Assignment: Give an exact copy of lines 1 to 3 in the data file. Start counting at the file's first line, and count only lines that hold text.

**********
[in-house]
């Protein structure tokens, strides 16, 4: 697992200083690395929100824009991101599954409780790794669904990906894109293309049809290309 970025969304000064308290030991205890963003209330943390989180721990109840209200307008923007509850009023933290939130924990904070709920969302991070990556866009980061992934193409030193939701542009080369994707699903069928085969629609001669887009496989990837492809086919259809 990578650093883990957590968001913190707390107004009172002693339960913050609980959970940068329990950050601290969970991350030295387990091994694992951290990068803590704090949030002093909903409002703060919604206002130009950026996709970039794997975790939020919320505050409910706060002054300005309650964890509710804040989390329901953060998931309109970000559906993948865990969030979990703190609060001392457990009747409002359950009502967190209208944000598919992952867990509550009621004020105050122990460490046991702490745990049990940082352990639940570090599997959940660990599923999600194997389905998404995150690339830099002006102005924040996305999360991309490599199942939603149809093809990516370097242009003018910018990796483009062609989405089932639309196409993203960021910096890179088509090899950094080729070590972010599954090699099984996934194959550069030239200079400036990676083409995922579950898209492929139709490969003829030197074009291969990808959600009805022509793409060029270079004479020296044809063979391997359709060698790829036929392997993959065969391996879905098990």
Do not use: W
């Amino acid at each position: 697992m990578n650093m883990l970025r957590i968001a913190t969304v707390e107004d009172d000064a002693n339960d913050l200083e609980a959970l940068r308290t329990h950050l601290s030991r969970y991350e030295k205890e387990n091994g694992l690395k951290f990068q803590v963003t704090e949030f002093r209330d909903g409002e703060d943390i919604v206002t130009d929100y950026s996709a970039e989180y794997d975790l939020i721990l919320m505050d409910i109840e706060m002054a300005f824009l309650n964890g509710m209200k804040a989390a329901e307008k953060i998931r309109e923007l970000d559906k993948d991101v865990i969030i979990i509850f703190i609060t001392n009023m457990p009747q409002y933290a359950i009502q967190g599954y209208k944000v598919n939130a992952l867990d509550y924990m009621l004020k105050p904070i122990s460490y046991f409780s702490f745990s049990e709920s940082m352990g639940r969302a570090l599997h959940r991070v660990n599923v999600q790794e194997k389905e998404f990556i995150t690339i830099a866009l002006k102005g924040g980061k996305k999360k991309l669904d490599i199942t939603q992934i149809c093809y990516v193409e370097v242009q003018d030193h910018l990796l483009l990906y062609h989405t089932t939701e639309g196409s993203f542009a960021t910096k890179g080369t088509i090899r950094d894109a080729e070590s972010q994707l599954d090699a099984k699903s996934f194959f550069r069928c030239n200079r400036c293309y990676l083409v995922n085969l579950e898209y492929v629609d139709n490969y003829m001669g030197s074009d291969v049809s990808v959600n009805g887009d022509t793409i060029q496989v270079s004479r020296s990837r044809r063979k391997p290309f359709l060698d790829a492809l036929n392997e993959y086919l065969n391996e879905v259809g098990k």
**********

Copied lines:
[in-house]
């Protein structure tokens, strides 16, 4: 697992200083690395929100824009991101599954409780790794669904990906894109293309049809290309 970025969304000064308290030991205890963003209330943390989180721990109840209200307008923007509850009023933290939130924990904070709920969302991070990556866009980061992934193409030193939701542009080369994707699903069928085969629609001669887009496989990837492809086919259809 990578650093883990957590968001913190707390107004009172002693339960913050609980959970940068329990950050601290969970991350030295387990091994694992951290990068803590704090949030002093909903409002703060919604206002130009950026996709970039794997975790939020919320505050409910706060002054300005309650964890509710804040989390329901953060998931309109970000559906993948865990969030979990703190609060001392457990009747409002359950009502967190209208944000598919992952867990509550009621004020105050122990460490046991702490745990049990940082352990639940570090599997959940660990599923999600194997389905998404995150690339830099002006102005924040996305999360991309490599199942939603149809093809990516370097242009003018910018990796483009062609989405089932639309196409993203960021910096890179088509090899950094080729070590972010599954090699099984996934194959550069030239200079400036990676083409995922579950898209492929139709490969003829030197074009291969990808959600009805022509793409060029270079004479020296044809063979391997359709060698790829036929392997993959065969391996879905098990």
Do not use: W